The National Cancer Institute reports, “Every year, approximately 200,000 people in the United States get lung cancer, and more than 159,000 people die from this disease.” That is a far cry from the 7,000 and 20,000 figures being tied to PHOs, but I hear no one suggesting that the sale of cigarettes should be illegal. I see no classification from the FDA that cigarettes are “generally not recognized as safe.”

According to MADD, more than 10,000 people die every year as a result of drunk driving crashes. And when it comes to adults drinking too much and driving, the Centers for Disease Control reports that that happens about 300,000 times per day in the United States. How many people does that put at risk? Still, no one seriously suggests banning the production, sale or consumption of alcohol. After all, that did not work real well last time it was tried.

Of course, I can hear someone suggesting that there are laws against drinking and driving so that is not a good comparison. Okay…just for the sake of argument, I’ll grant you that. Consider this, though; WebMD also reports, “Every year, about 31,000 people in the U.S. die from cirrhosis, mainly due to alcoholic liver disease and chronic hepatitis C.” Thirty-one thousand is a lot more than the 7,000 the banning of trans fats is supposed to save. Do not even think about suggesting that a lot of that number can come from hepatitis C, either; the Centers for Disease Control reports that approximately 17,000 Americans become infected with hepatitis C each year. For every 100 of those infected, only one to five will die of cirrhosis or liver cancer. That means, even assuming the high end, 850 people per year die of cirrhosis as a result of chronic hepatitis C–leaving more than 30,000 dying from cirrhosis causes by the consumption of alcohol.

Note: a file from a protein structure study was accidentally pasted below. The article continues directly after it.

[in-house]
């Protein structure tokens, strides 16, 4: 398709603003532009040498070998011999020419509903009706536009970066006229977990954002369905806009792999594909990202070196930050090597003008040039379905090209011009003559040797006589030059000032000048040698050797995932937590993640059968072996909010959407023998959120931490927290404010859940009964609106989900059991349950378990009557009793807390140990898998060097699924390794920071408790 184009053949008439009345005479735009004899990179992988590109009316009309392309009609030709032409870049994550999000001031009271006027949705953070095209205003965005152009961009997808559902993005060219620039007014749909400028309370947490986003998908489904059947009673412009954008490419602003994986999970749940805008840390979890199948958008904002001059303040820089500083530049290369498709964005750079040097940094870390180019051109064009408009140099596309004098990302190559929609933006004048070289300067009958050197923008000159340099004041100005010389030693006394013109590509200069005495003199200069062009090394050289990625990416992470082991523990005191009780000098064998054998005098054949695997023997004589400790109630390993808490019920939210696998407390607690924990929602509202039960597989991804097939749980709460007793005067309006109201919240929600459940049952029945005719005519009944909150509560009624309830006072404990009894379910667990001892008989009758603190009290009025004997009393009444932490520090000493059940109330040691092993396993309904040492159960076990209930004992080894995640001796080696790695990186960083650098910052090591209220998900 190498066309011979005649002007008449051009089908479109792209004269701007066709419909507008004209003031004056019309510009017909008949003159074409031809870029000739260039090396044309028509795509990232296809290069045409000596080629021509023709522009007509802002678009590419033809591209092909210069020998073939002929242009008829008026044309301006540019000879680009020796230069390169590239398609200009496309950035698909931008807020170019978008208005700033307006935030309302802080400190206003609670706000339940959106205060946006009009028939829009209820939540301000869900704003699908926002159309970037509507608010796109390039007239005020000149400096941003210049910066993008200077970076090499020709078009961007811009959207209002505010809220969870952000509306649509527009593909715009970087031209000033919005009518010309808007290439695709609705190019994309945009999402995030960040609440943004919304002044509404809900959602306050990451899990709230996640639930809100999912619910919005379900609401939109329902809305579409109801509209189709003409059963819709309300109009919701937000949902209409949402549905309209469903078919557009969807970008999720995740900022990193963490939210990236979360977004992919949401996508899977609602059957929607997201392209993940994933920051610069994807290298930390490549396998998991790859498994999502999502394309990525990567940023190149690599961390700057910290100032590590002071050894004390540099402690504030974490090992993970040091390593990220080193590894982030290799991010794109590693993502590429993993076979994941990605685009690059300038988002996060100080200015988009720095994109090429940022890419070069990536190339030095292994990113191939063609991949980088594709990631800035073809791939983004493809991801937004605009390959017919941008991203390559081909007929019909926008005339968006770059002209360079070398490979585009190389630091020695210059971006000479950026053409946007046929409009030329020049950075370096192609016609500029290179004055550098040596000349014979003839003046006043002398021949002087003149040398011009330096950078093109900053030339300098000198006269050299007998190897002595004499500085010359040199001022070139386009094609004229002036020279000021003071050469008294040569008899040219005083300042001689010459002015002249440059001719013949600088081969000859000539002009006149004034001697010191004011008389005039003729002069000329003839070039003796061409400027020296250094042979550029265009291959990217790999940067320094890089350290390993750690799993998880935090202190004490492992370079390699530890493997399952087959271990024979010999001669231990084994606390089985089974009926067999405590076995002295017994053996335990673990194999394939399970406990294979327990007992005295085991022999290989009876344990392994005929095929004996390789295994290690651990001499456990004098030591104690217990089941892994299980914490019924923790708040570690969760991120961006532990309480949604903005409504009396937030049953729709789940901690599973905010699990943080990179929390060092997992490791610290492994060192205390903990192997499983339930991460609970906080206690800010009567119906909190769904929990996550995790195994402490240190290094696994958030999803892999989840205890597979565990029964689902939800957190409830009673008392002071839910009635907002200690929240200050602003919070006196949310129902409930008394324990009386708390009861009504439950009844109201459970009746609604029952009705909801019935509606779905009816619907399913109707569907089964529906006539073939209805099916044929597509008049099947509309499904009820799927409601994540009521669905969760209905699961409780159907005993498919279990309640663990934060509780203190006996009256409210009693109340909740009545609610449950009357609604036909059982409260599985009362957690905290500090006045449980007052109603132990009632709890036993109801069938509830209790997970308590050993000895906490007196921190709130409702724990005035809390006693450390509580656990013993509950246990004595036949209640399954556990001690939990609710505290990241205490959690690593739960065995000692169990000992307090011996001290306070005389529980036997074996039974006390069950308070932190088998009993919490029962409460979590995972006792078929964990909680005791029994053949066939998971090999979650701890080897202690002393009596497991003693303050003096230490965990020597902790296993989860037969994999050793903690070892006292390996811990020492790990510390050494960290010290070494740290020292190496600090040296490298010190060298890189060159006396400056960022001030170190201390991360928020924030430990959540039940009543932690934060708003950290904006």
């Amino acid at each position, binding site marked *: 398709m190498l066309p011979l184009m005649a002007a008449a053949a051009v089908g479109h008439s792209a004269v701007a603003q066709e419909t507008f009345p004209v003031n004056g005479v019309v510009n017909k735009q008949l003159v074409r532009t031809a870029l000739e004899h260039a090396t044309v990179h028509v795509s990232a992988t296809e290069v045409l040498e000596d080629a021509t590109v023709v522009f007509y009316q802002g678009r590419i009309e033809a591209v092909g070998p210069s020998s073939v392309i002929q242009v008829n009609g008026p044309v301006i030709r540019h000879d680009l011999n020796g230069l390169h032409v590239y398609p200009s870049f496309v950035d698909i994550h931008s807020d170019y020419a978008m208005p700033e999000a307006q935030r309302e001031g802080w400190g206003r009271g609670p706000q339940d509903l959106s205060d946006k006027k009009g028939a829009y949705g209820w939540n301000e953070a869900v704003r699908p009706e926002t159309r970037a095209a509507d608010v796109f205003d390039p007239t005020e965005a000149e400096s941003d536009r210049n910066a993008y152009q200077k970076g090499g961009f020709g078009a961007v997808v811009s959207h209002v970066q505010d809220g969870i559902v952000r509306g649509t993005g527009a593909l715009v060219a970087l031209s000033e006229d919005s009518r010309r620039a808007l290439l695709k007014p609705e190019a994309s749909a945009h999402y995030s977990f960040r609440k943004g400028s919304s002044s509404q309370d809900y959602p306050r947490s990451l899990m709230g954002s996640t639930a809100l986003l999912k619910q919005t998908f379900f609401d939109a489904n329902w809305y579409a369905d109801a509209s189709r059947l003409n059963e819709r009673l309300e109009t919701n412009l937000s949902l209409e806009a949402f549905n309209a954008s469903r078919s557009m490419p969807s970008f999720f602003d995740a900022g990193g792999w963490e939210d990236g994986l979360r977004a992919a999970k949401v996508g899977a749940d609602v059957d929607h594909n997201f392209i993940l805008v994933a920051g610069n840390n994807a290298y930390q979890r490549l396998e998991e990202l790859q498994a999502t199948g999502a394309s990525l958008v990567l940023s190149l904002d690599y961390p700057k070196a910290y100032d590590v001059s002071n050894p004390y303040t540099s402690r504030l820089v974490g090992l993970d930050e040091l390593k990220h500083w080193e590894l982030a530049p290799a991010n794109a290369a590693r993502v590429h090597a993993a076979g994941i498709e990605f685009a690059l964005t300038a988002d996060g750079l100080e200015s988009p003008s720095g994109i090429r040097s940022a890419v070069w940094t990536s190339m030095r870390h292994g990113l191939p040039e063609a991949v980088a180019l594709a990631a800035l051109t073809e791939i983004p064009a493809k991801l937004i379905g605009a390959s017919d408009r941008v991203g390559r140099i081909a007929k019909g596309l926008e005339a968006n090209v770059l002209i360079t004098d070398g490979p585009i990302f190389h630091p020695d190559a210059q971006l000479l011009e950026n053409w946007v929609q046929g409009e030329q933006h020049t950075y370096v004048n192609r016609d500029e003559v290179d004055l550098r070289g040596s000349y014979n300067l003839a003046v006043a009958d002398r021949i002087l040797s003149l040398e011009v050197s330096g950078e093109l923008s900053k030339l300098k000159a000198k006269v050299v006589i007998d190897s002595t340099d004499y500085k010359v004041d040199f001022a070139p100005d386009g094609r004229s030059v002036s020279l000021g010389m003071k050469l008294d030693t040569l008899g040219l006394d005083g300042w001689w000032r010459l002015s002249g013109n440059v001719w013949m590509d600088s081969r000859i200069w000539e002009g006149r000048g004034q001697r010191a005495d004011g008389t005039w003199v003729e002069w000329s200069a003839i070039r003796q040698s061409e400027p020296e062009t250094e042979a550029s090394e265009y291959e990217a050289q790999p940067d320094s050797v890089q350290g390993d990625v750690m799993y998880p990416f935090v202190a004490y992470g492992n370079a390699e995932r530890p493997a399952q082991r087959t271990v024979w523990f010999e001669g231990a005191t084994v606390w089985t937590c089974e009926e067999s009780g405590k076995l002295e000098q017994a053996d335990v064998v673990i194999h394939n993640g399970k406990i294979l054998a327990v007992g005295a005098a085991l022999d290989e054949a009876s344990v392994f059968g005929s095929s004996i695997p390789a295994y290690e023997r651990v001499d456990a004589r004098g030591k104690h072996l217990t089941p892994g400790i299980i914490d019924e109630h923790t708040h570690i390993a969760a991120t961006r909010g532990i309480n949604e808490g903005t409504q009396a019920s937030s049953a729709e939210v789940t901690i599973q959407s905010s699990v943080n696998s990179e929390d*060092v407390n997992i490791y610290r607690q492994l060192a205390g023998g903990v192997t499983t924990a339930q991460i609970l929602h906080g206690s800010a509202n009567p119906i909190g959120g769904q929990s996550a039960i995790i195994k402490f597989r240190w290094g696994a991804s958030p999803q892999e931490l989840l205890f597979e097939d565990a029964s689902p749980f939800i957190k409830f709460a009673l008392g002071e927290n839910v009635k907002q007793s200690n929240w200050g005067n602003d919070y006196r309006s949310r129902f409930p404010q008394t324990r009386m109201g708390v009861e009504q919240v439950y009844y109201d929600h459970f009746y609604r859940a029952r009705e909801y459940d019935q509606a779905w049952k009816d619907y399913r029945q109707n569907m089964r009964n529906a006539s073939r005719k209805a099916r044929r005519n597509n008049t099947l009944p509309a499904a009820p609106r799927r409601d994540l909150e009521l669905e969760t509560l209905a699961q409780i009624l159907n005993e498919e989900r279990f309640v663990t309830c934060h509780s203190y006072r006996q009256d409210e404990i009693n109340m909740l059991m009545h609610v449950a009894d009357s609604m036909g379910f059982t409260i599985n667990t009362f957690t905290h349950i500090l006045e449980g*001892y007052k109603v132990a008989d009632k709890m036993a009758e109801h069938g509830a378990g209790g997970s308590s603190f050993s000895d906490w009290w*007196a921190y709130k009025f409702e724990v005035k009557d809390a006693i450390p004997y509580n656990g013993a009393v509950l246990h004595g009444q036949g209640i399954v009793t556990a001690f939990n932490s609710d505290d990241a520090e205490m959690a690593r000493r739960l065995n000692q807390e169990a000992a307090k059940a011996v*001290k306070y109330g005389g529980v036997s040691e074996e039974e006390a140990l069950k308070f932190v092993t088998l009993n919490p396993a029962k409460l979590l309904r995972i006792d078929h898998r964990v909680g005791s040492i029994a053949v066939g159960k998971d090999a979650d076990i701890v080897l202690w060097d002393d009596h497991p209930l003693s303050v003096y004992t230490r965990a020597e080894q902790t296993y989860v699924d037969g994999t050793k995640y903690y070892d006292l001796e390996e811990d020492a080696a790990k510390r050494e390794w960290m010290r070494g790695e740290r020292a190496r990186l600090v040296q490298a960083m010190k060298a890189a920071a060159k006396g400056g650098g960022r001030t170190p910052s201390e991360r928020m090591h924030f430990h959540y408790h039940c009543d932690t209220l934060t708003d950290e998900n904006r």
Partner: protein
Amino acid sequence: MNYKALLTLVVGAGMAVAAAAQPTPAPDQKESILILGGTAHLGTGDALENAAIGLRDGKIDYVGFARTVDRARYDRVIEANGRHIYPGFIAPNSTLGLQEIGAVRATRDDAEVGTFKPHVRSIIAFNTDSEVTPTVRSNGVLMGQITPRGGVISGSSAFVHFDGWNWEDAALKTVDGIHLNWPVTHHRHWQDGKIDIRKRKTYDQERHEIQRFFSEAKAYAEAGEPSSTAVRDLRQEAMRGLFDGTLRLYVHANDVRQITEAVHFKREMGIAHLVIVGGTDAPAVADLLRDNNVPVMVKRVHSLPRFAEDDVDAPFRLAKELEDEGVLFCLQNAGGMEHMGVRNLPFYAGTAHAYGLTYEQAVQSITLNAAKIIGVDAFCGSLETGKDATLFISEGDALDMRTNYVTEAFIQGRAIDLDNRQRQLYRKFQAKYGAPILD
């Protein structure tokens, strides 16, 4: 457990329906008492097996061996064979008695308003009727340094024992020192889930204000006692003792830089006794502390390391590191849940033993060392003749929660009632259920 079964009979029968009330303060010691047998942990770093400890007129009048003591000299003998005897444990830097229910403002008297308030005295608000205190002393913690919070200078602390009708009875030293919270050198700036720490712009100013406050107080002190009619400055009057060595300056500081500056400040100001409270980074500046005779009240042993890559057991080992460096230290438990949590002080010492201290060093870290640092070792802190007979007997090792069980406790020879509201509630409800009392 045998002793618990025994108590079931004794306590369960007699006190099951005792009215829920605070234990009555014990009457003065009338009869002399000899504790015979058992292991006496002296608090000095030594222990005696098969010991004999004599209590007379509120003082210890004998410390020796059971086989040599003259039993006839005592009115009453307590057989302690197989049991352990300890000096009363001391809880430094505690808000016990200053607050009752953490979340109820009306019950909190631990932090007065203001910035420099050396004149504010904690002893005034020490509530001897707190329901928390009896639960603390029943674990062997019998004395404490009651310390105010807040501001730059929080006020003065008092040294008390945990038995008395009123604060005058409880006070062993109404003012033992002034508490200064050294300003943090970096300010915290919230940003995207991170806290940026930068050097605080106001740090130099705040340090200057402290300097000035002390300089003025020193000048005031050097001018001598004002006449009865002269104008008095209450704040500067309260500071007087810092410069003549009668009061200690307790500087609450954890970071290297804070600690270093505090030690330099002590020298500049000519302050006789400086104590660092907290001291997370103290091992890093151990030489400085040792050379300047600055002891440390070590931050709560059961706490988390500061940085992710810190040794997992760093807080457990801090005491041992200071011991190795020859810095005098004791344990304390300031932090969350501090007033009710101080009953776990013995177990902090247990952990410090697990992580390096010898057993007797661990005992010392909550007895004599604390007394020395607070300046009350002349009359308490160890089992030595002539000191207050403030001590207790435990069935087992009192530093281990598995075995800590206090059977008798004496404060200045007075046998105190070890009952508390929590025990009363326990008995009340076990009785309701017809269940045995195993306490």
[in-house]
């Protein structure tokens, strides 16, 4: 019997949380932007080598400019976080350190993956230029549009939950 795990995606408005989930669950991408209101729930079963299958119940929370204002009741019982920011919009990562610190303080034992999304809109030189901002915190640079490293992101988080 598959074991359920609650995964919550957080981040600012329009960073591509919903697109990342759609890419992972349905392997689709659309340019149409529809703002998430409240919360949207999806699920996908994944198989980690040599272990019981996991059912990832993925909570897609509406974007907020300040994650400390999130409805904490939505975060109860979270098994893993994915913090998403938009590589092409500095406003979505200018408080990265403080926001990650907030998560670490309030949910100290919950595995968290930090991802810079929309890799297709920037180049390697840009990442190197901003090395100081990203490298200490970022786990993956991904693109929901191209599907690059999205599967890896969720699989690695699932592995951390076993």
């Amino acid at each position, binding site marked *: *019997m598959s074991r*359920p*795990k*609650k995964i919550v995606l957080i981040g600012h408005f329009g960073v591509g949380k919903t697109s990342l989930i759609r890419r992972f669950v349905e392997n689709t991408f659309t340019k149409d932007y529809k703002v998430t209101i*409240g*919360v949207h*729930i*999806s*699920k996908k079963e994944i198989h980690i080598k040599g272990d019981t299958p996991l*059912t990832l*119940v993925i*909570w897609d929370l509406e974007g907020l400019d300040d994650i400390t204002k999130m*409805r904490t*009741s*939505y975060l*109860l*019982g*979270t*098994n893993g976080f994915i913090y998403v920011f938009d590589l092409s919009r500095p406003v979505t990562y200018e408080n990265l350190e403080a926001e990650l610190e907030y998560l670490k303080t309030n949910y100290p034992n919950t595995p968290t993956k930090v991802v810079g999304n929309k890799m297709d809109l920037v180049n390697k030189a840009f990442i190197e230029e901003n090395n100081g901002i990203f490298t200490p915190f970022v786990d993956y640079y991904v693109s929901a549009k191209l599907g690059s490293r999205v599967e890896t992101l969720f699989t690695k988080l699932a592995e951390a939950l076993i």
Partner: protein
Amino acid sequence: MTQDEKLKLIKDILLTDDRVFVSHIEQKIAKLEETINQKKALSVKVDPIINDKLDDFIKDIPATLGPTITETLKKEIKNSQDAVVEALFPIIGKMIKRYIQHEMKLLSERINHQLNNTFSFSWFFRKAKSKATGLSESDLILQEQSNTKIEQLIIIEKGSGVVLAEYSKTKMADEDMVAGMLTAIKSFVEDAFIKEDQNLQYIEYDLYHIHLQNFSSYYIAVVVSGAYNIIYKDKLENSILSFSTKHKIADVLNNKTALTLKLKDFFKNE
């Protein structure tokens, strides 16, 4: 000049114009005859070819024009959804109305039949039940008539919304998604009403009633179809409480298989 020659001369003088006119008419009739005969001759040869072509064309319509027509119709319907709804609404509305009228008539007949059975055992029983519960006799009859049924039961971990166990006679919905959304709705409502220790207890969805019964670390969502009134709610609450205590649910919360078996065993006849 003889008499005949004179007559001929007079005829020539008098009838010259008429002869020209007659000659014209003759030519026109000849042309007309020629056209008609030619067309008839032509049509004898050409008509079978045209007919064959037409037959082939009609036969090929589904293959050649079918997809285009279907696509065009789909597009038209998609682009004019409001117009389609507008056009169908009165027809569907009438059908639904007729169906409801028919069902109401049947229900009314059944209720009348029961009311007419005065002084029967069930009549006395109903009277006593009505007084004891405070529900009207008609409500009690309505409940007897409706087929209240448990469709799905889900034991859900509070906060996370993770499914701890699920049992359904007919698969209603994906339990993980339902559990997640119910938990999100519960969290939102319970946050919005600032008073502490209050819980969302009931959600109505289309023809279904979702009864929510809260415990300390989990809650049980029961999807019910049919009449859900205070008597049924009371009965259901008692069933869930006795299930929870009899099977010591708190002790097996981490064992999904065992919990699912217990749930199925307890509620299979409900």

So, the FDA wants to ban trans fats because doing so might prevent 7,000 deaths per year caused by heart disease, but no one wants to ban cigarettes or alcohol, despite the fact that they result in far more deaths than trans fats do. And that’s fine by me, by the way; I am not suggesting that cigarettes or alcohol should be illegal, either. I am simply trying to point out the silliness of the justification for this government overreach.

While I am at it, I should also point out that trans fats, cigarettes and alcohol all pale in comparison to the leading legal cause of death in the United States. By that, of course, I mean abortion. According to the Guttmacher Institute there were roughly 1.2 million abortions performed in 2008 (apparently the most recent year for which numbers are available). Shall we put that in perspective?

* Abortion takes more lives in three days than banning trans fats would save in a year

* Abortion takes more lives in four days than drunk driving crashes do in one year

* Abortion takes more lives in ten days than cirrhosis does in one year

* Abortion takes more lives in 48 days than lung cancer does in one year

Given the realities, maybe we should forget about trans fats and think a bit more carefully about the “right” to abortion in the United States.